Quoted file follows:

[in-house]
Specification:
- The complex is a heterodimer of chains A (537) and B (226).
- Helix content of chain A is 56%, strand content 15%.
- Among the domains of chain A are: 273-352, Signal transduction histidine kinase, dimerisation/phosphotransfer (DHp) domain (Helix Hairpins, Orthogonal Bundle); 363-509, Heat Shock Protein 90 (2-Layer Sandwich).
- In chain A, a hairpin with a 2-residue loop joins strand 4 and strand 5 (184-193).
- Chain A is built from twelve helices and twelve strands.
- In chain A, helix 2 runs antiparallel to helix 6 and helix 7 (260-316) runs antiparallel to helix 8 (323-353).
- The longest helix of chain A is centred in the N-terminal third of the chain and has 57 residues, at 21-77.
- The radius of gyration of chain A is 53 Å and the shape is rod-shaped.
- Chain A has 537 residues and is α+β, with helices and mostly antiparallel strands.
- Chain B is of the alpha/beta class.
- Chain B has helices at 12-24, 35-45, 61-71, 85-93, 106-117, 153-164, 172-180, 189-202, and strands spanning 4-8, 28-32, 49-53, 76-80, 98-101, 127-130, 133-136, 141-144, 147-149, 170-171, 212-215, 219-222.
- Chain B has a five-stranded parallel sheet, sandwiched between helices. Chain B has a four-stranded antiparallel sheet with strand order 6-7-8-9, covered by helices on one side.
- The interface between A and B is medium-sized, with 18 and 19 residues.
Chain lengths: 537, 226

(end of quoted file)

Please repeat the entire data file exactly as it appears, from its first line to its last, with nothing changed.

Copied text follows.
[in-house]
Specification:
- The complex is a heterodimer of chains A (537) and B (226).
- Helix content of chain A is 56%, strand content 15%.
- Among the domains of chain A are: 273-352, Signal transduction histidine kinase, dimerisation/phosphotransfer (DHp) domain (Helix Hairpins, Orthogonal Bundle); 363-509, Heat Shock Protein 90 (2-Layer Sandwich).
- In chain A, a hairpin with a 2-residue loop joins strand 4 and strand 5 (184-193).
- Chain A is built from twelve helices and twelve strands.
- In chain A, helix 2 runs antiparallel to helix 6 and helix 7 (260-316) runs antiparallel to helix 8 (323-353).
- The longest helix of chain A is centred in the N-terminal third of the chain and has 57 residues, at 21-77.
- The radius of gyration of chain A is 53 Å and the shape is rod-shaped.
- Chain A has 537 residues and is α+β, with helices and mostly antiparallel strands.
- Chain B is of the alpha/beta class.
- Chain B has helices at 12-24, 35-45, 61-71, 85-93, 106-117, 153-164, 172-180, 189-202, and strands spanning 4-8, 28-32, 49-53, 76-80, 98-101, 127-130, 133-136, 141-144, 147-149, 170-171, 212-215, 219-222.
- Chain B has a five-stranded parallel sheet, sandwiched between helices. Chain B has a four-stranded antiparallel sheet with strand order 6-7-8-9, covered by helices on one side.
- The interface between A and B is medium-sized, with 18 and 19 residues.
Chain lengths: 537, 226